Check the grip for any alignment marks or logos and ensure they are positioned correctly.
If the grip has a hole in the bottom, plug it with tape to prevent any grip solvent from leaking out.
Step 6: Slide the new grip onto the shaft:
Once the new grip is prepared, and the shaft is clean and dry, it’s time to slide the grip onto the shaft.
Align the grip with any alignment marks or logos and slide it onto the shaft, twisting slightly to help distribute the grip solvent evenly.
Be sure to slide the grip down to the butt end of the shaft.
Step 7: Let the grip set:
Once the new grip is in place, hold the club steady and let the grip set for several hours to ensure that it adheres properly to the shaft.
This is an essential step, allowing the grip tape and solvent to bond strongly with the shaft.
Use the club only after the grip has fully set and dried.
In summary, changing and re-gripping a putter grip is integral to maintaining your golf equipment and improving your putting game.
By following these steps and using the right tools and materials, you can easily replace your old grip with a new one and get your putter feeling like new again.
Remember to choose the proper grip, clean the shaft, apply double-sided grip tape, use grip solvent, and hold the club steady while the grip sets.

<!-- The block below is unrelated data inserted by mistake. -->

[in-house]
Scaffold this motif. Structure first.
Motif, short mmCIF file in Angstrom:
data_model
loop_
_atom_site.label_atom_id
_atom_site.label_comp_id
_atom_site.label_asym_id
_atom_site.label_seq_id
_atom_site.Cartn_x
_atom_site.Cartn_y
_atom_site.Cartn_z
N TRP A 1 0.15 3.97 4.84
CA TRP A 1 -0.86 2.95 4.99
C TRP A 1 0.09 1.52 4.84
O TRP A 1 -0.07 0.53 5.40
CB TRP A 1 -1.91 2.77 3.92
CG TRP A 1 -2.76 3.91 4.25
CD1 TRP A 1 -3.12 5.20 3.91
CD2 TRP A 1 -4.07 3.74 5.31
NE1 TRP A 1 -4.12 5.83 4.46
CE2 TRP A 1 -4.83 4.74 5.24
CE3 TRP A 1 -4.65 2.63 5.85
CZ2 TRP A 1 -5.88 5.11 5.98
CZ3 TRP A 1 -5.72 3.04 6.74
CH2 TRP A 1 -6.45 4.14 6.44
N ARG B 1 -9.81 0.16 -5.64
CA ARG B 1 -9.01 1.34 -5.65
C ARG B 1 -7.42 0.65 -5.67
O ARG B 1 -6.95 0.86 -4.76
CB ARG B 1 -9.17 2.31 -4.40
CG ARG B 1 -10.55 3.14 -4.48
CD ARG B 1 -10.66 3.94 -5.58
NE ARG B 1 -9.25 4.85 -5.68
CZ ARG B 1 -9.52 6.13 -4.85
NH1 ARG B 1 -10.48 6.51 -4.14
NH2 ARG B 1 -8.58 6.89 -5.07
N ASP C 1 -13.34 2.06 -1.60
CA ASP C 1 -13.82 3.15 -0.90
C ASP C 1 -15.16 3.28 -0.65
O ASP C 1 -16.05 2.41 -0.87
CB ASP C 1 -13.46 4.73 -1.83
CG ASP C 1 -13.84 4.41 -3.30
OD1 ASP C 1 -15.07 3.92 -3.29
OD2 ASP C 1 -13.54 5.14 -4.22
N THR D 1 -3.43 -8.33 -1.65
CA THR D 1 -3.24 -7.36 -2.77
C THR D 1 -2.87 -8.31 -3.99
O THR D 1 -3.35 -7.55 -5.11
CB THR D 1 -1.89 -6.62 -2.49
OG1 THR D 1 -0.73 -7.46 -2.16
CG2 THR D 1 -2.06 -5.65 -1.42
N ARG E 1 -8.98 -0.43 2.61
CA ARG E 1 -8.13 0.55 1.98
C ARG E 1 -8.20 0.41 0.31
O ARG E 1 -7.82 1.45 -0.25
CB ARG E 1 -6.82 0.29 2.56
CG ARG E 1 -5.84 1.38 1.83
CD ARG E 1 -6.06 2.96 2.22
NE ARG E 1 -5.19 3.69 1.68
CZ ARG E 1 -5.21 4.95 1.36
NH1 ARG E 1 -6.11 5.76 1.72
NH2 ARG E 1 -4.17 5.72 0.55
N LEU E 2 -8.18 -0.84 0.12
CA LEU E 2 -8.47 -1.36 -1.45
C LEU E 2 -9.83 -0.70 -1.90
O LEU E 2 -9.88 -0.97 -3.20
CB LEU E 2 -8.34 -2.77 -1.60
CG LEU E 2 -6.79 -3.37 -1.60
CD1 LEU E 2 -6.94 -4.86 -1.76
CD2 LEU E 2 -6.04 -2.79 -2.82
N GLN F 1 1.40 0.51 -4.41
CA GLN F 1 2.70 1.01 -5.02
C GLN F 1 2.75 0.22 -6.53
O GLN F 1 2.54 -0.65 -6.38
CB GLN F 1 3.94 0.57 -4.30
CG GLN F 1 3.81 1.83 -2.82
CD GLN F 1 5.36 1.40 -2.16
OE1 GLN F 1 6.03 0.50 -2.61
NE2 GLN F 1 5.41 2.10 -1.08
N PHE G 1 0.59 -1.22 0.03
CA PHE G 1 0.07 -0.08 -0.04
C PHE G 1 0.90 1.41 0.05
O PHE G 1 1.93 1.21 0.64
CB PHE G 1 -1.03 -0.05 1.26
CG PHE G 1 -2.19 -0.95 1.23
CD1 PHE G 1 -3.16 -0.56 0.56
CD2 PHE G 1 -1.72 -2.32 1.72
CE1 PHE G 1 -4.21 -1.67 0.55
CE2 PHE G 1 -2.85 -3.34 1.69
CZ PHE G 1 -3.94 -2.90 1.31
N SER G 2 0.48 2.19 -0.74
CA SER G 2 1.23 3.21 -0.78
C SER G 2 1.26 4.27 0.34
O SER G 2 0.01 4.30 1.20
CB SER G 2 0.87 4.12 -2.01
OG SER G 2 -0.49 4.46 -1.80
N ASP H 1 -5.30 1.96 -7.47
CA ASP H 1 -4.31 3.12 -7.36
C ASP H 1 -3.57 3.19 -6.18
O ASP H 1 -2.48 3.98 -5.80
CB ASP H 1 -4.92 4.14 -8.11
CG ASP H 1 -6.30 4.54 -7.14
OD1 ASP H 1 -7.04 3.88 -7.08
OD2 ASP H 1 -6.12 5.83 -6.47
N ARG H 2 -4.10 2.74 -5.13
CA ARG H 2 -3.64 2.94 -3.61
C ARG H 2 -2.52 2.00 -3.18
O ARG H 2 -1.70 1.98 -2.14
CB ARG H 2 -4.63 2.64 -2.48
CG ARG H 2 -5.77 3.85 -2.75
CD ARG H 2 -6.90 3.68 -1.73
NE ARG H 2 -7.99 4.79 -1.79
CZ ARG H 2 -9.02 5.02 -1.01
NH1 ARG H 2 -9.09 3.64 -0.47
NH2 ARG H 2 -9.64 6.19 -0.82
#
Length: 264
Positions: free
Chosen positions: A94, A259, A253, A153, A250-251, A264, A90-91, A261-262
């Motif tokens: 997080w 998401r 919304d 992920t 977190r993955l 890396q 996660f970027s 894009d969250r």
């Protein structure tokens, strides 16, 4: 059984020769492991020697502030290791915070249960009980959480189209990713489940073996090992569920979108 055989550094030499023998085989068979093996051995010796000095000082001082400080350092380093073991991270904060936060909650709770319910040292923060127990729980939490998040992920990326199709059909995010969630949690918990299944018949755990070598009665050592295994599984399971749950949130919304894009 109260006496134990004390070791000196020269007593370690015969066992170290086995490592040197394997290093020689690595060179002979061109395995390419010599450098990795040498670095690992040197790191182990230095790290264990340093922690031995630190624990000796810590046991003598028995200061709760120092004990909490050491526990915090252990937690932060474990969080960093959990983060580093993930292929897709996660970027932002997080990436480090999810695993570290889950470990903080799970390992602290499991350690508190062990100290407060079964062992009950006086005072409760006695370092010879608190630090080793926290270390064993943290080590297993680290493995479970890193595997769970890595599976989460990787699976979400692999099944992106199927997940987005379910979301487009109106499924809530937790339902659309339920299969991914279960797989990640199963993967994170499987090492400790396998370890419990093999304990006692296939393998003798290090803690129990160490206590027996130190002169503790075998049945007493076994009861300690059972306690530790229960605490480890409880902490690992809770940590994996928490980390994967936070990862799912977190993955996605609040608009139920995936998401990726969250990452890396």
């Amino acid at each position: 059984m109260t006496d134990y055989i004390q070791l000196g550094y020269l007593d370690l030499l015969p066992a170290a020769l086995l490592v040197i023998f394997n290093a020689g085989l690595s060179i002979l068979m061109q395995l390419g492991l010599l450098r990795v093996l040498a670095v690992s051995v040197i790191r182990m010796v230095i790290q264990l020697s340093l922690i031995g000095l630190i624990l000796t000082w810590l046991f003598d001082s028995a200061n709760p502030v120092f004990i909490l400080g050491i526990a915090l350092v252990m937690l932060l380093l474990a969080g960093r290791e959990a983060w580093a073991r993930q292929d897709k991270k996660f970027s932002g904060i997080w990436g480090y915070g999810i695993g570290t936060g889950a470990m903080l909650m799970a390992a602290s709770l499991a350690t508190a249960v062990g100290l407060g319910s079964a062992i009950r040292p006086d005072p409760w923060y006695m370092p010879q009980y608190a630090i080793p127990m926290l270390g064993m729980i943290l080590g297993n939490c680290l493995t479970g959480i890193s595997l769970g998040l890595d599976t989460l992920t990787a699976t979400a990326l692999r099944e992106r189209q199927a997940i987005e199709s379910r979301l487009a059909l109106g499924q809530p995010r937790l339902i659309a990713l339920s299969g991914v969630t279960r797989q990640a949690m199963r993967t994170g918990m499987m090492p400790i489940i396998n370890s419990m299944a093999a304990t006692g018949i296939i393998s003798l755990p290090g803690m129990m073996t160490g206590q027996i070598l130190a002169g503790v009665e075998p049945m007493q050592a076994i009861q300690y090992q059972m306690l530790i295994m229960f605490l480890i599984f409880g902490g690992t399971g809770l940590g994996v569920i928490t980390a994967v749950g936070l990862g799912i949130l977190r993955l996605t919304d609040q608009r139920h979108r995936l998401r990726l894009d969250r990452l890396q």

Frequently Asked Questions (FAQs)
How much does it cost to replace a putter grip?
The cost of replacing a putter grip can vary depending on the type and quality of grip you choose, as well as where you have it done. On average, a putter grip can cost anywhere from $5 to $30. If you have it done by a professional club fitter, they may charge an additional fee for their services. However, re-gripping your putter yourself can save you money on labor costs.
How long does it take to change a putter grip
The time it takes to change a putter grip can vary depending on your level of experience and the tools you have available. If you're a beginner, it may take up to 30-45 minutes to re-grip your putter. However, if you're experienced and have the right tools, it can take as little as 10-15 minutes. It's important to take your time and follow the steps carefully to ensure a proper grip installation.
How often should you change your putter grip?
It's recommended to change your putter grip every year or every 40 rounds of golf, whichever comes first. However, the frequency at which you should change your putter grip can also depend on factors such as how often you play golf, how much wear and tear your grip experiences, and your personal preferences. If you notice that your putter grip is starting to lose traction or wear down, it's best to replace it sooner rather than later to maintain consistent putting performance.
Why is it important to change and re-grip a putter grip?
Over time, putter grips can become worn and lose their traction, leading to poor putting performance. Re-gripping your putter can help improve your grip and overall putting game.
Can I re-grip my putter myself or should I have it done by a professional?
Re-gripping your putter can be done yourself, but it's important to follow the steps carefully and use the right tools and materials. If you're not comfortable doing it yourself, it's best to have it done by a professional club fitter.